Sorry if I am muddying the water here!

    SE

    Reply
  2. Thanks for the question. Basically, I hear you asking me what first century “hope” am I endorsing… is that right?

    Well, to be clear, I don’t endorse the comprehensive version of any of these hopes (Saducee, Pharisee, Essene, etc.) rather I am only trying to point out that we get our theology from Greek Philosophy, rather than scripture.

    I tried to point to older texts than first century passages in class, to show that the Jewish hope, in general, was for a concrete, in-time-and-history, here-and-now, real life, with flesh, Messiah. Juxtapose this view of salvation and hope with the Greek view of hope and afterlife. The Greeks hoped to escape this world – the Jews expected God to work through them to redeem the world. The Greeks hoped to escape the body and regarded it as generally bad (sometimes describing it as “the prison-house” of the soul.) – the Jews saw the body as a valuable gift from God to be preserved and taken care of.

    We will look this week, at how Jesus took the Jewish hope and gave it a fuller meaning in His own resurrection (and in His teachings on resurrection).

    So my point was not really to point to the specifics of every 1st Century Jewish sect and distinguish a monolithic Jewish hope. Rather I wanted to point to the general Jewish hope across history. Namely that they longed for real, in-time-and-history deliverance. And I wanted to set this in contrast to the Greek worldview to show that our own view comes dangerously close to a pagan hope, rather than the hope of God’s historical people and promise. Jesus builds on that hope as we will soon see.

    Reply
    • Thanks for keeping me focused, Brother Joe!

      In the process (nice concept, “process”, isn’t it?), at laest to my mind, you also “mopped up some of what was still on the floor” after last Sunday. That is, much of what has been long understood in Western Christian theology as the relational design between God and His Creation bears little resemblance to that of the culture into which God sent Jesus.

      So, to me, the question now is:

      Did Jewish theology as expressed in the writings that we now call the Old Testament correctly capture the nature of God as He worked in restoring His Creation to perfection or did the Church Fathers of Late Antiquity and the Medieval Period discover errors by filtering Jewish concepts of God and Creation through a Neo-Platonic screen?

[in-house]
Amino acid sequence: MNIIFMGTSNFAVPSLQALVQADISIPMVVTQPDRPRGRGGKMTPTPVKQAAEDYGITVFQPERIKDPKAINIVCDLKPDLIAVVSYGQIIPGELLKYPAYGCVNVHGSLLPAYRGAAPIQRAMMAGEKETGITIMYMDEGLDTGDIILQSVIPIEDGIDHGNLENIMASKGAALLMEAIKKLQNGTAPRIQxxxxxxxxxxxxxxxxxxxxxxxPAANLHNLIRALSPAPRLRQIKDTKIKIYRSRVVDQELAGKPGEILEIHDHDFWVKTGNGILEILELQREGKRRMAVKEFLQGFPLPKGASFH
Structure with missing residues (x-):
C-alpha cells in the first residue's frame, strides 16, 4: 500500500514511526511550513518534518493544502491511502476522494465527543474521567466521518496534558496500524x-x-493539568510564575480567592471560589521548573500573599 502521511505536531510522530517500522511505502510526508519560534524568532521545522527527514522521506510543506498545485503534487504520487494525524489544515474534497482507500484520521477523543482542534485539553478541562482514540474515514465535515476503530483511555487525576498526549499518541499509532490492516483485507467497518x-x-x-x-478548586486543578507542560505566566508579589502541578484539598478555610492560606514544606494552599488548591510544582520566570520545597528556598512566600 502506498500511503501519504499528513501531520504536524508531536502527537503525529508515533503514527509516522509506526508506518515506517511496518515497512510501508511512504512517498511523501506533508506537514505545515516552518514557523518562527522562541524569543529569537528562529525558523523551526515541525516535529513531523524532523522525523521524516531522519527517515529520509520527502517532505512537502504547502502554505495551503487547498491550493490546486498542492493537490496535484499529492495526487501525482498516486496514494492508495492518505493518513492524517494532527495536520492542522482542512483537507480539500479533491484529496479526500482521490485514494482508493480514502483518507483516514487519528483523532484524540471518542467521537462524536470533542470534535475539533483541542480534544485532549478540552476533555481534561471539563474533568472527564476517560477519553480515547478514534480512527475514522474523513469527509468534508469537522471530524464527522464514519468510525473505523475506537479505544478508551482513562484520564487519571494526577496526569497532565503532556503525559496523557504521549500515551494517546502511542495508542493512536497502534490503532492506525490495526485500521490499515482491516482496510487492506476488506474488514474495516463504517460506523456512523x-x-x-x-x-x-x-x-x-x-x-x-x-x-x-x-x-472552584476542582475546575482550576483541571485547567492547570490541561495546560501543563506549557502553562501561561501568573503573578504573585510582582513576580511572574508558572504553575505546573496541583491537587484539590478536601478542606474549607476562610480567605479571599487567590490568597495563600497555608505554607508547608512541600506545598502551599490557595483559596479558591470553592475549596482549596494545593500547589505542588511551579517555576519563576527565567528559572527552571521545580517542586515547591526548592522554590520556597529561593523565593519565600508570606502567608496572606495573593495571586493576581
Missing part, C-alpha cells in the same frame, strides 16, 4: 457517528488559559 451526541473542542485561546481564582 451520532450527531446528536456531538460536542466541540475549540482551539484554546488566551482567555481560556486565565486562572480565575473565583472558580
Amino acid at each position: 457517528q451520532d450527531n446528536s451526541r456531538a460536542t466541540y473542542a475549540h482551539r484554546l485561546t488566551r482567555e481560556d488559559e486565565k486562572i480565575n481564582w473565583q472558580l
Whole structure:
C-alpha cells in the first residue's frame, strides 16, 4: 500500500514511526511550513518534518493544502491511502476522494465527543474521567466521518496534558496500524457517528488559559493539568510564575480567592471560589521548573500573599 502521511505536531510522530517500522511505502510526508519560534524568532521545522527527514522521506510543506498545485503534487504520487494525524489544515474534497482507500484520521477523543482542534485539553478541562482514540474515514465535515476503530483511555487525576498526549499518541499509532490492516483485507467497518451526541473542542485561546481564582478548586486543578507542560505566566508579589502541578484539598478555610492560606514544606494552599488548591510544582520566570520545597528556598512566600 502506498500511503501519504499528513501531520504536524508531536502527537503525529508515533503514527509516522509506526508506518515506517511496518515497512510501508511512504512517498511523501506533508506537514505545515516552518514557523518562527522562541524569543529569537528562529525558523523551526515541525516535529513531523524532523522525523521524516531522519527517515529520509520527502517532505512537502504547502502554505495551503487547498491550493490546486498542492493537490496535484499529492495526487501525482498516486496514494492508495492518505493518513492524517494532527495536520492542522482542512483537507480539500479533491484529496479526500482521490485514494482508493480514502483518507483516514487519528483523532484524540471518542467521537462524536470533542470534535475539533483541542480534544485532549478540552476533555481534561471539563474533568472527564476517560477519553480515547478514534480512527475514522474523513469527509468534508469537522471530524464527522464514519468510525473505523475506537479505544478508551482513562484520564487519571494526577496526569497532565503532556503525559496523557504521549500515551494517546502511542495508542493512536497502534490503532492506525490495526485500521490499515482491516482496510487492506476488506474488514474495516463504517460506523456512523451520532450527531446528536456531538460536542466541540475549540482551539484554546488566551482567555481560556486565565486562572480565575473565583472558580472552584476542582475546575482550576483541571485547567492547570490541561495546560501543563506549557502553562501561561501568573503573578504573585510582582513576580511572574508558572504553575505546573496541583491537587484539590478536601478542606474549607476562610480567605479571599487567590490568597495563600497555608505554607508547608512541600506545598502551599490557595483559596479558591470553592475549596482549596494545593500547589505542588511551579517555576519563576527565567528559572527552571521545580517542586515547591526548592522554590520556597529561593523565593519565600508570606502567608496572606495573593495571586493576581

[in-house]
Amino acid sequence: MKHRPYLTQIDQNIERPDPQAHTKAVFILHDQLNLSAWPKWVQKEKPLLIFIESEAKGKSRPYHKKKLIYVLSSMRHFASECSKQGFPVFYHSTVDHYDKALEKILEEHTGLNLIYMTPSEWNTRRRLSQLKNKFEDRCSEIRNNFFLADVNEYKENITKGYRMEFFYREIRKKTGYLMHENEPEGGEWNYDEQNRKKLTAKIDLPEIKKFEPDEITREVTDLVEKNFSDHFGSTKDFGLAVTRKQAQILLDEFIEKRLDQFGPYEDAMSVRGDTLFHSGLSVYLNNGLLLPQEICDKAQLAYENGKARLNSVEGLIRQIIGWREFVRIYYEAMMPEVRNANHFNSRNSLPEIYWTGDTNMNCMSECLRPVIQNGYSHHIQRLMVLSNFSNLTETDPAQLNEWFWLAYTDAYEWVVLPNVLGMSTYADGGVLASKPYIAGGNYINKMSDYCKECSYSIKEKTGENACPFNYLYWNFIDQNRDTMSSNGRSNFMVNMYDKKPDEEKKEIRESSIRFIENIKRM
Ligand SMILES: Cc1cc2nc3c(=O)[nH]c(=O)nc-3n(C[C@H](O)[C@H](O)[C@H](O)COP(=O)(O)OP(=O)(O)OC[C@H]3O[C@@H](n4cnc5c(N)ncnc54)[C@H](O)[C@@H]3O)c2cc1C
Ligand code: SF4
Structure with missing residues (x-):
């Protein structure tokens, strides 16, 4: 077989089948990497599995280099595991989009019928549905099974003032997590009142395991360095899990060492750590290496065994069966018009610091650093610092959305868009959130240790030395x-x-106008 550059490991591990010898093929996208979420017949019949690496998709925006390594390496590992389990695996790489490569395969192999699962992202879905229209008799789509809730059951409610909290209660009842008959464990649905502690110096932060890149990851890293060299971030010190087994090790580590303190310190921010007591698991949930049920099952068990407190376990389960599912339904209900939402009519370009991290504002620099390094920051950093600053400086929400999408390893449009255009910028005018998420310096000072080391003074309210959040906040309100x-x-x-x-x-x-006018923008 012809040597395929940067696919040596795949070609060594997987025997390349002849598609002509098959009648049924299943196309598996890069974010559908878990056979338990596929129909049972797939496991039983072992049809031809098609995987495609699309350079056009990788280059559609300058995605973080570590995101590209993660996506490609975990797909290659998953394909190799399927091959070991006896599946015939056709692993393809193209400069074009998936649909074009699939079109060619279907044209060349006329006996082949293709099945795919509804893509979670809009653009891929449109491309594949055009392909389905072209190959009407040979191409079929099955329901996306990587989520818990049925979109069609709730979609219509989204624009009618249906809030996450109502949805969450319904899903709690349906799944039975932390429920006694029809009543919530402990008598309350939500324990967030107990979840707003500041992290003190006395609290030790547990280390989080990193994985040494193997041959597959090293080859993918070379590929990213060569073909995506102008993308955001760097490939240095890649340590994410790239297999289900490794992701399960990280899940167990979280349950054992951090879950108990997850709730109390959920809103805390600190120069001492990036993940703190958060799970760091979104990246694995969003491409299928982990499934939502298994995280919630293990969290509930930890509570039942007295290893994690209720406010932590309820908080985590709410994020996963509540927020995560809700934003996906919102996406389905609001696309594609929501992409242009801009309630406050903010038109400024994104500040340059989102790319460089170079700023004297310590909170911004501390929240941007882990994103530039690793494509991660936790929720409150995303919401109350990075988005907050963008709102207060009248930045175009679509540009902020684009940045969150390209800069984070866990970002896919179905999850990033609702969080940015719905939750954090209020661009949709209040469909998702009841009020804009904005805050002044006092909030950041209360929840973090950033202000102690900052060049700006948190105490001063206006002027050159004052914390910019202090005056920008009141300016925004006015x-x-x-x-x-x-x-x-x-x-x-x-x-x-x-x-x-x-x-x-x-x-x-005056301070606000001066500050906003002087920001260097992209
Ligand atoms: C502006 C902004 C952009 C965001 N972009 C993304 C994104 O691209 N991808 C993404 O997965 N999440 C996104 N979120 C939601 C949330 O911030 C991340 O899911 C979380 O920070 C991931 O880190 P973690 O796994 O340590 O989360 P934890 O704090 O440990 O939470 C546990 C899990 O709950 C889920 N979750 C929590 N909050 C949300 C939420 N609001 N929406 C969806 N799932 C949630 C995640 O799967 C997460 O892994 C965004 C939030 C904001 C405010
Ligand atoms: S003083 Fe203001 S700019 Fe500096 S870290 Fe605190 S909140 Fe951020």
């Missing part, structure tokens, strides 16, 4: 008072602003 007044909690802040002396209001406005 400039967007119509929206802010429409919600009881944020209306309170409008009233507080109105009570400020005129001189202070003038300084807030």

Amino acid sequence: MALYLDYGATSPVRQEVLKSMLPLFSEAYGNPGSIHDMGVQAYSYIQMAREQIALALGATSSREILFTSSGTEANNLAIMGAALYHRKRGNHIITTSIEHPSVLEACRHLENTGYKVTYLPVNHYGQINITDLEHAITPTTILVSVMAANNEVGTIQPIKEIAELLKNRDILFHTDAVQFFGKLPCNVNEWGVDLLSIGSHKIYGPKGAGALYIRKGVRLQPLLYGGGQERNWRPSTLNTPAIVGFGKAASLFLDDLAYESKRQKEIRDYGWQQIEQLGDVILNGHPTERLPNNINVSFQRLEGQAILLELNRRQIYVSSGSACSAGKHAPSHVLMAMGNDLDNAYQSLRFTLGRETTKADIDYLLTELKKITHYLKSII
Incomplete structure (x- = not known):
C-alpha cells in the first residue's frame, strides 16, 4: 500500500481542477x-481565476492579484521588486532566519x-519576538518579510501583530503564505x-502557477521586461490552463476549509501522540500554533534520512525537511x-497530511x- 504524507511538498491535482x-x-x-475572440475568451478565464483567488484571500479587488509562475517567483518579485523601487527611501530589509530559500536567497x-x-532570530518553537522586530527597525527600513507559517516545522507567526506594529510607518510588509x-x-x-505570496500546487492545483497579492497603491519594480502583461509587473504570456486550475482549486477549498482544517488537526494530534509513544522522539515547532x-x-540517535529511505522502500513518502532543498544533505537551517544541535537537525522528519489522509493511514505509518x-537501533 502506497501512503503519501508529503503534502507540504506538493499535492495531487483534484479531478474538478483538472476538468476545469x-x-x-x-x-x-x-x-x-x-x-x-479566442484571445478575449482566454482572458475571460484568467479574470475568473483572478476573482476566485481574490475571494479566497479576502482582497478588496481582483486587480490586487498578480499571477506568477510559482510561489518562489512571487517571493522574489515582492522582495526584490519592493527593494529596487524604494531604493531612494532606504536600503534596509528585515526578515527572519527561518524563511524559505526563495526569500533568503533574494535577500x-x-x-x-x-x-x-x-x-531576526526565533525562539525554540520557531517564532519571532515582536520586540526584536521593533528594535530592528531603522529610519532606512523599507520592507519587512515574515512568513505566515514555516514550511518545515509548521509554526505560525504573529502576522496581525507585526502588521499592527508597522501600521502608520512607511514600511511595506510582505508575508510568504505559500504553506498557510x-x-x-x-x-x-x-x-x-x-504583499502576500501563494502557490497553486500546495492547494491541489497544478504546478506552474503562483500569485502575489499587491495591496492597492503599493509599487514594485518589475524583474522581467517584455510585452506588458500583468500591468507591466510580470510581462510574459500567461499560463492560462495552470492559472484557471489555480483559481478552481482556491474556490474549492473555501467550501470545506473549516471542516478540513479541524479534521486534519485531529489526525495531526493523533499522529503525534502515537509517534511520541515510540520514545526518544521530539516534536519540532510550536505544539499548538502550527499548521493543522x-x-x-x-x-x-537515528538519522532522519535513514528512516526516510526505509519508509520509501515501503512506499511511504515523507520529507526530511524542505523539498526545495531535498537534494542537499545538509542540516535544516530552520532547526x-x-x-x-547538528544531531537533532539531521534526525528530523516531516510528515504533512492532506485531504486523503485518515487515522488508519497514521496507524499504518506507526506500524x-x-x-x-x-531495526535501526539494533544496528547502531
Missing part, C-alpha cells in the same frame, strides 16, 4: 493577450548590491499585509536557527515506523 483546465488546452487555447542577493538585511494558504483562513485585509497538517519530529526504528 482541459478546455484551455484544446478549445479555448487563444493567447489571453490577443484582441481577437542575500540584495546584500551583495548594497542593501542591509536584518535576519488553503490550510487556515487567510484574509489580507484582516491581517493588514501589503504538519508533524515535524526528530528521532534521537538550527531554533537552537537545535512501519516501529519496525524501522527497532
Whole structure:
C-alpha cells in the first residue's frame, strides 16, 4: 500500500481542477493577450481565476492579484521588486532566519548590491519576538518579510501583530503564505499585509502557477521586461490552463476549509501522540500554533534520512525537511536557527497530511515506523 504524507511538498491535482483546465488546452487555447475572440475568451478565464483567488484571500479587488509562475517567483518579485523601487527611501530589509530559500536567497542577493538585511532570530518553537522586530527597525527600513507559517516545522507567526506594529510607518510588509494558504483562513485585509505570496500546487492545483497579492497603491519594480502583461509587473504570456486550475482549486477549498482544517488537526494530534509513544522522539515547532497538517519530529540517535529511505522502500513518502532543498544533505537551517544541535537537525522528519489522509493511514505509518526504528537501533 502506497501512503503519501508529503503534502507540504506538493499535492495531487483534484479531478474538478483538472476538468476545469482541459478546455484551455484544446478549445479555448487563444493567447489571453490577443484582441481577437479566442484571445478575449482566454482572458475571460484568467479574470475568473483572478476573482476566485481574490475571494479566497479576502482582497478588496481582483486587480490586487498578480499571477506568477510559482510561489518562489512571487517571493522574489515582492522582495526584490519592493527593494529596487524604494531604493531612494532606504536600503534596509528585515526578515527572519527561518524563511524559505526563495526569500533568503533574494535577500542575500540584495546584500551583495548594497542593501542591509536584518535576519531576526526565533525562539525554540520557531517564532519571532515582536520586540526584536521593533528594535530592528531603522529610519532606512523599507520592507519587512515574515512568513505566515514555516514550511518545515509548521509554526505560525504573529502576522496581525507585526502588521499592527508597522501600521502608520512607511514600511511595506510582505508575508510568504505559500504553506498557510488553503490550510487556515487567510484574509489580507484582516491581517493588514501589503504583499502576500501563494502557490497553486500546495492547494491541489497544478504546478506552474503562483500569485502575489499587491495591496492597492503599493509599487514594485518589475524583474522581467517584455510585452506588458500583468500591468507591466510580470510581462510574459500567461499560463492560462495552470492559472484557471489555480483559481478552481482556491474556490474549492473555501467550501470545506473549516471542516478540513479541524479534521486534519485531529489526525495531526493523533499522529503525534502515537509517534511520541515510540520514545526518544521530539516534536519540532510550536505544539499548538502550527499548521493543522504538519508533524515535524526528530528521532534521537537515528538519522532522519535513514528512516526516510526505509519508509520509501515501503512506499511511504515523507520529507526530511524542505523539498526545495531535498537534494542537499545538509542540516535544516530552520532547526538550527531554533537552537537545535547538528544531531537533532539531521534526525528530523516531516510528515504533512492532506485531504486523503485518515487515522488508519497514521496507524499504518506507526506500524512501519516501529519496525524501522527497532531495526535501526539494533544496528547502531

Reply
      • Steve –

        Good question! A simplified (perhaps over-simplified) way of asking it, might be, “But is it possible that the Jews were wrong?”

        I think, depending on their social location within this or that particular OT text, you may find that there were some misunderstandings. As I pointed out last week, we see in Mark 10:35-45, that James and John were wrong about the nature of the Salvation or “Glory” of YHWH that they had long awaited. And Jesus corrected them.

        But it has long been assumed that Jesus’ rebuke here, is pointing to another or “other worldly” kingdom. But this isn’t what Jesus said, is it!? Rather than disputing the disciples assumption that the kingdom would be a concrete, in-the-midst-of-human-history, kingdom, he rather disputed that the means of the kingdom would be nonviolence and based on “service under” people rather than “power over” others – even enemies.

        I mean if you want to look for God’s salvation breaking into the world today…. if you want to search for a “kingdom” that embodies this kind of “will of God” breaking into our own world, then I would advise to not look at any State or Authority. You simply will not find it there.

        The disciples (among other “good” Jews) hoped for a concrete Messiah to sit in “glory” as head over Israel. Indeed he has done this, but just not in the “ways” that some of those Jews assumed he might.

        And this is the point at which Jews (some of them – it would wise to point out that more than one prophet had an understanding and “knowledge of God” that allowed them to foresee the Messiah as a “suffering servant” rather than a worldly ruler with might and power) misunderstood God’s salvation.